Rogowski’s second edition of this bestselling textbook responds to the major changes to social work practice since the first edition was published. It is fully revised and updated to include new material that is essential for students and practising social workers today.
Taking a critical perspective, Rogowski evaluates social work’s development, nature and rationale over approximately 150 years. He explores how neoliberalism is at the core of the profession’s crisis and calls for progressive, critical and radical changes to social work policy and practices based on social justice and social change.
This new edition is substantially updated to explore:
•the impact of austerity policies since 2010;
•failures to realise the progressive possibilities which followed the death of ‘Baby P’;
•contemporary examples of critical and radical practice.
It also includes a range of student-friendly features including chapter summaries, key learning and discussion points, and further reading.
“Charts the forces which enabled social work to flourish until the rise of neoliberal politics and managerialist organisation meant that it lost its radical edge. An essential read for students of social policy and social work.” Bill Jordan, University of Plymouth
“Anyone seeking to map a socially progressive future for the profession needs to understand what has occurred in social work over recent decades, and this is a reliable and informed guide." Paul Michael Garrett, NUI Galway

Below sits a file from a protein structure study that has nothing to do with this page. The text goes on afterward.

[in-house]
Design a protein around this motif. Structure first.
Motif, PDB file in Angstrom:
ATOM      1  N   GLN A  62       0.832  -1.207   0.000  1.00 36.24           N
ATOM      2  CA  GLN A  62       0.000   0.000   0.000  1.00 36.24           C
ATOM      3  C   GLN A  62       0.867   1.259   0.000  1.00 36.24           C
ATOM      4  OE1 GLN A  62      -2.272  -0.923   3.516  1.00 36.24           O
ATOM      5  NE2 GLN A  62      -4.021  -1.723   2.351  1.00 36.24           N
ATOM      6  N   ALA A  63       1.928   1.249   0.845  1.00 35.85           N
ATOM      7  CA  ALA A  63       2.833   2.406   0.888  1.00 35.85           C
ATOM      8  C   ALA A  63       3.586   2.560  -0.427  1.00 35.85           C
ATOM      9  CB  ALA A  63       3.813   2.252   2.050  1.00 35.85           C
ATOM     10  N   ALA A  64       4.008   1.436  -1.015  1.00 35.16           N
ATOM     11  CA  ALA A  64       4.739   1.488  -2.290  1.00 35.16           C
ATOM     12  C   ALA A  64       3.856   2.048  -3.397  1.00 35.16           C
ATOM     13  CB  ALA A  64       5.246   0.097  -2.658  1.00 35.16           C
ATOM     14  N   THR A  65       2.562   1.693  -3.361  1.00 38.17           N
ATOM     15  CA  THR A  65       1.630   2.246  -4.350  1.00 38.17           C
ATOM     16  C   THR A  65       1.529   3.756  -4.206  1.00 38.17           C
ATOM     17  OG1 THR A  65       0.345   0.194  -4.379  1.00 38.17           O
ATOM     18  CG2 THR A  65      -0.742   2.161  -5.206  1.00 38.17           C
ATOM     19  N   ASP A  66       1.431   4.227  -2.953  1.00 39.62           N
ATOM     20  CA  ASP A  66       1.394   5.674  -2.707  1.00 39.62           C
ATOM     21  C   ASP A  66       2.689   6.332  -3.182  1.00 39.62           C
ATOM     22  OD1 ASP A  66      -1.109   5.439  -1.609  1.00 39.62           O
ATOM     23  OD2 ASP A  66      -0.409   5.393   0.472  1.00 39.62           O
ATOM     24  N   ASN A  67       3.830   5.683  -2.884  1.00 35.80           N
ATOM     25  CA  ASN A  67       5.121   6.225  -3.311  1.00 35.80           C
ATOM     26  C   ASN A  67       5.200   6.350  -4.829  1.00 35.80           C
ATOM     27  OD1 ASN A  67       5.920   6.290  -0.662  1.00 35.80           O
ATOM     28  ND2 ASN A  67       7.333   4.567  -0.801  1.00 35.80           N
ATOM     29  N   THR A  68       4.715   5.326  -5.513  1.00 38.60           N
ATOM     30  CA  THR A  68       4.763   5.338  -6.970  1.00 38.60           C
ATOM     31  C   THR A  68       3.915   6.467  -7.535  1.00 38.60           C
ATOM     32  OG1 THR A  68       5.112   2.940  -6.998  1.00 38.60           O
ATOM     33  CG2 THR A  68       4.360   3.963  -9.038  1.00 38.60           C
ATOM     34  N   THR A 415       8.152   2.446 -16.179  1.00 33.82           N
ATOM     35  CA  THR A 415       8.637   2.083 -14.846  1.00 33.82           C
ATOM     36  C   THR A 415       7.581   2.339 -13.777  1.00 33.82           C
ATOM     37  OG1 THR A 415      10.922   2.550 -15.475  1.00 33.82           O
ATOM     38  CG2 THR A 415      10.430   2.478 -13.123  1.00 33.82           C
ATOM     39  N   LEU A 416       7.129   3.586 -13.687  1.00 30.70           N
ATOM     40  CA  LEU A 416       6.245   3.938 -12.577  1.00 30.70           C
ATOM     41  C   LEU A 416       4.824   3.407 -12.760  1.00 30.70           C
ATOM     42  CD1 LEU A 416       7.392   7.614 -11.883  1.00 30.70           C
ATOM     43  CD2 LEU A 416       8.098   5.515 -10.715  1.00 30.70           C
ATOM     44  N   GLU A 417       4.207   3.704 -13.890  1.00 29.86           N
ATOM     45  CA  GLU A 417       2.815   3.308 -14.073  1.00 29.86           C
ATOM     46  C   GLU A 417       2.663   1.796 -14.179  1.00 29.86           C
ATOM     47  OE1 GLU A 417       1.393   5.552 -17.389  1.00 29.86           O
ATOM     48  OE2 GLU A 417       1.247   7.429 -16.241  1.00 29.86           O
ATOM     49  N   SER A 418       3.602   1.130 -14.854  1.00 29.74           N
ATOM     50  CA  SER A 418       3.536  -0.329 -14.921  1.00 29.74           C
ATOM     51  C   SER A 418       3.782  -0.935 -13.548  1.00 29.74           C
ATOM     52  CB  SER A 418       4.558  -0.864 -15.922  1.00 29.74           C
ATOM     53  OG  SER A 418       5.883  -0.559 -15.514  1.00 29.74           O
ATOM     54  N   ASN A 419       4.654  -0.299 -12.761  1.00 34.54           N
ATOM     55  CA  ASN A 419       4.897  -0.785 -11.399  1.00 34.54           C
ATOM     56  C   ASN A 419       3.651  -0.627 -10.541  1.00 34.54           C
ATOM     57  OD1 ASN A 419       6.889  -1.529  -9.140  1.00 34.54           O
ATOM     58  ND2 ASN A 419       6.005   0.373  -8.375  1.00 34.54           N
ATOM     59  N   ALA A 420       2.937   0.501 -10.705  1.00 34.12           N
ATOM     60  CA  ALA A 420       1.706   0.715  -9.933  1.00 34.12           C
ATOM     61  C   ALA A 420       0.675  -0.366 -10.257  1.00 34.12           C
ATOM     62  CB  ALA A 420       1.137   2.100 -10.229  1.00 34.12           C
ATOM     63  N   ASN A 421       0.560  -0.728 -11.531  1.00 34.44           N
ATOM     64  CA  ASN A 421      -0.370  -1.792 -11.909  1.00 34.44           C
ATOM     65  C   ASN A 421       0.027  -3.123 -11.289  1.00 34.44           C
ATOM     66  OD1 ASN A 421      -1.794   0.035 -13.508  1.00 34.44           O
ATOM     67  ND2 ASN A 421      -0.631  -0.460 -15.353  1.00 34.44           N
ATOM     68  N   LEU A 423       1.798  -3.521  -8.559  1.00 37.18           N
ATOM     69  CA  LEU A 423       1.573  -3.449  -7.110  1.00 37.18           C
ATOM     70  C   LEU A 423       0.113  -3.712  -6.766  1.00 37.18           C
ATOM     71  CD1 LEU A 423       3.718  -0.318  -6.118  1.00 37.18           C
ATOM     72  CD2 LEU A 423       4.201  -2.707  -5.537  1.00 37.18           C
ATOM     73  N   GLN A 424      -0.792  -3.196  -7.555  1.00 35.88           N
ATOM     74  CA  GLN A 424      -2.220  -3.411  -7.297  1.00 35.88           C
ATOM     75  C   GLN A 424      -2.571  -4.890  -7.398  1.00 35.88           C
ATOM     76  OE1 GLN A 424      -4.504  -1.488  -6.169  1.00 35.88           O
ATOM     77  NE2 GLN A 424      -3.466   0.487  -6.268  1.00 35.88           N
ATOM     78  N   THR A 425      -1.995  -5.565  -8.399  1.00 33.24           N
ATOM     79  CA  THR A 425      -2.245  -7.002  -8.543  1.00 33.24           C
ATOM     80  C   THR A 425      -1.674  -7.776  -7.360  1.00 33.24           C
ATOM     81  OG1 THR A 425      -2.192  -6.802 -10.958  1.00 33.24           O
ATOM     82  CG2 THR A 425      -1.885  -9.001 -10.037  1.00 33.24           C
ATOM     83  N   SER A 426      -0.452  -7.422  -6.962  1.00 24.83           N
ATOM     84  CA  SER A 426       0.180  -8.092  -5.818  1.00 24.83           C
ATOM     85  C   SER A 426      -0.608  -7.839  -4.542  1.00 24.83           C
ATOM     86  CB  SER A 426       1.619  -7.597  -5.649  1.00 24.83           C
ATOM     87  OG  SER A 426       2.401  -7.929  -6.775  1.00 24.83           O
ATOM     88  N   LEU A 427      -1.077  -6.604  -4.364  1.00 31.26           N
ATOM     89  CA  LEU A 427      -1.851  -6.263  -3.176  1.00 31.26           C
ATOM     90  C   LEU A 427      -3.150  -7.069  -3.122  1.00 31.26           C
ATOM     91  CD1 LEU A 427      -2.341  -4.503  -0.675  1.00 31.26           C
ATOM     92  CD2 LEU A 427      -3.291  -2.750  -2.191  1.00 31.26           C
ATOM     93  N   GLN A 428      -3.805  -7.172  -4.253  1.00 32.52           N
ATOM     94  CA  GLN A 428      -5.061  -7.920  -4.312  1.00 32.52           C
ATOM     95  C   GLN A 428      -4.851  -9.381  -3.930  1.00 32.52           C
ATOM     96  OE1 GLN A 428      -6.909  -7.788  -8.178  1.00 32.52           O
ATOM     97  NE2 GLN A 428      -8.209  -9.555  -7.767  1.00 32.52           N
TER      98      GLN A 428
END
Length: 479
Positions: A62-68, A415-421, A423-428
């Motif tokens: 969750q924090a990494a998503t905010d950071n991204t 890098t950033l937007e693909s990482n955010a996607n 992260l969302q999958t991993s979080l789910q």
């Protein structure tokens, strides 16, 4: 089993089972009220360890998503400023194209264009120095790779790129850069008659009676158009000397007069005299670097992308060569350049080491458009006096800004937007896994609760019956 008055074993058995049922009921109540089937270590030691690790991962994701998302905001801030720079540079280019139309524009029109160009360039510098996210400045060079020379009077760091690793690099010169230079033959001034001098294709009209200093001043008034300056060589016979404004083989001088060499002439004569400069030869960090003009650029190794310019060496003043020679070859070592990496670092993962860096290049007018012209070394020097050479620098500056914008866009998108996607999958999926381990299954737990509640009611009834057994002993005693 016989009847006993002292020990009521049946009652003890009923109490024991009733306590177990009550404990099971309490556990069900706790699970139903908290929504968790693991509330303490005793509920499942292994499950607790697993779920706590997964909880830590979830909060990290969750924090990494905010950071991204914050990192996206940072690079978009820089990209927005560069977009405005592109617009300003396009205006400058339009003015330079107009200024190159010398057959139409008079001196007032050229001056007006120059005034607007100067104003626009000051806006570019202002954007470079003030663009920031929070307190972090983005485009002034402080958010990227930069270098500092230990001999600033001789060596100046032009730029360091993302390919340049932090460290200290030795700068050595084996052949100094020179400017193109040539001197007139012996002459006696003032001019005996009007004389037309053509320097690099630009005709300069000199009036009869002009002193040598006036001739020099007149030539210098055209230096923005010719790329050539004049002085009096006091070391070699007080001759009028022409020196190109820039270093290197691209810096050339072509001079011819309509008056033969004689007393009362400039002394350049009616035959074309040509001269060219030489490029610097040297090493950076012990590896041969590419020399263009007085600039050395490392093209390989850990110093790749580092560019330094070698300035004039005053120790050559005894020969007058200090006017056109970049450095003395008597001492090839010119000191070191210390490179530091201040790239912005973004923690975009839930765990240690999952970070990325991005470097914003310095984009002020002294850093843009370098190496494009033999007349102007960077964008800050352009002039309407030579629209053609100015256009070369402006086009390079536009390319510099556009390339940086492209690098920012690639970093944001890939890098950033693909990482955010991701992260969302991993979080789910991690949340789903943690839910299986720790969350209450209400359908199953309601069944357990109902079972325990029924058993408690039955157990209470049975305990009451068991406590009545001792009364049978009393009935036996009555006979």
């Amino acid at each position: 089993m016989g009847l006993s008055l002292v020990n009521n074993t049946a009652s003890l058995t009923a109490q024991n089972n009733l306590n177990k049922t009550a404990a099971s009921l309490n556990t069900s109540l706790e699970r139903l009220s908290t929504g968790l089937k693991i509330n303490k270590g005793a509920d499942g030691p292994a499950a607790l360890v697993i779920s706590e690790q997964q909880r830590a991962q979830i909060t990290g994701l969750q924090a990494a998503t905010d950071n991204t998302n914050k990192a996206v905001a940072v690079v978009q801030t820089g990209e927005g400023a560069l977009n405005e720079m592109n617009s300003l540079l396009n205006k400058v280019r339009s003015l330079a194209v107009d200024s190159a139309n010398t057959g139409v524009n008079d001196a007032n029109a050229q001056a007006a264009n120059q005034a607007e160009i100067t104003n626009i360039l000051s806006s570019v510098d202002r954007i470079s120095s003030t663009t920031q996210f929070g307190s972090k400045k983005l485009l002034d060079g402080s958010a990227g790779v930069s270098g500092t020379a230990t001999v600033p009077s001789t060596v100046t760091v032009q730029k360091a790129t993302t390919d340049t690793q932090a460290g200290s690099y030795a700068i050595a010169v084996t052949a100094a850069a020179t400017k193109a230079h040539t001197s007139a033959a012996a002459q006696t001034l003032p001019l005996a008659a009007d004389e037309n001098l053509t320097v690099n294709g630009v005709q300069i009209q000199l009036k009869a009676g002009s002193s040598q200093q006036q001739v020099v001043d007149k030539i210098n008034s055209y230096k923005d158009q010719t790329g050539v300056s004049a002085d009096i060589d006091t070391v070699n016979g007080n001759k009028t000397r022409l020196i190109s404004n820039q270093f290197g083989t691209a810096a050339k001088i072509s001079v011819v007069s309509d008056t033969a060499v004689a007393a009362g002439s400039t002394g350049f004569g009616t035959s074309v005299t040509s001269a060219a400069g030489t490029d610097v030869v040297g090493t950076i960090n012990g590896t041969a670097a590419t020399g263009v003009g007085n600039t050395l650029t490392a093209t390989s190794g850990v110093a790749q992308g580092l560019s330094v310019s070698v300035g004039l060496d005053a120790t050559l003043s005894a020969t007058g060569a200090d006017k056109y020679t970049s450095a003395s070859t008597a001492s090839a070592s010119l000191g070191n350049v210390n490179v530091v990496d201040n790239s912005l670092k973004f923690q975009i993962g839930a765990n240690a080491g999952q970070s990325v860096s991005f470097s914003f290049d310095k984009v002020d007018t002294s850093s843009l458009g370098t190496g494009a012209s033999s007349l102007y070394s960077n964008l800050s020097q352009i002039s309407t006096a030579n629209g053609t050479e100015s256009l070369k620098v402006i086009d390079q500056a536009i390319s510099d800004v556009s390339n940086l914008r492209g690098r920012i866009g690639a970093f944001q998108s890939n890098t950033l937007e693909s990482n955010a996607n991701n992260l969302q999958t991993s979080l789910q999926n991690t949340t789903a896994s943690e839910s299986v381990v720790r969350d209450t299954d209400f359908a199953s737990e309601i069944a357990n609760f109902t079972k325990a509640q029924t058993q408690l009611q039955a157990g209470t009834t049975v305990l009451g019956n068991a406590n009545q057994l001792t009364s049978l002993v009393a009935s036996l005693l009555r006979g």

“By a practitioner for practitioners, this updated text is a reminder that another social work is possible, which combats rather than colludes with current hard times. Essential reading for all social workers, students and services.” Peter Beresford OBE, University of Essex
“A sweeping socio-historical account of social work in the UK and how in recent years it has been (mis)shaped by neoliberal politicians and policy makers, to the detriment of service users.” Rachel Fyson, University of Nottingham
“A welcome addition to the growing critical literature on the ways in which progressive social work practice has been undermined by neoliberalism and austerity.” Iain Ferguson, University of the West of Scotland
Steve Rogowski has practised as a social worker across five decades, predominantly with children and families. He remains a qualified and registered social worker and an independent scholar.
Foreword ~ Ray Jones
Introduction: The rise and fall of social work?
The beginnings of social work to its 1970s zenith
Thatcherism and the rise of neoliberalism: opportunities and challenges
New Labour, more neoliberalism: new challenges and (fewer) opportunities
The professionalisation of social work?
Managerialism and the social work business
Neoliberalism, austerity and social Work
Conclusion: Critical/radical possibilities in ongoing neoliberal times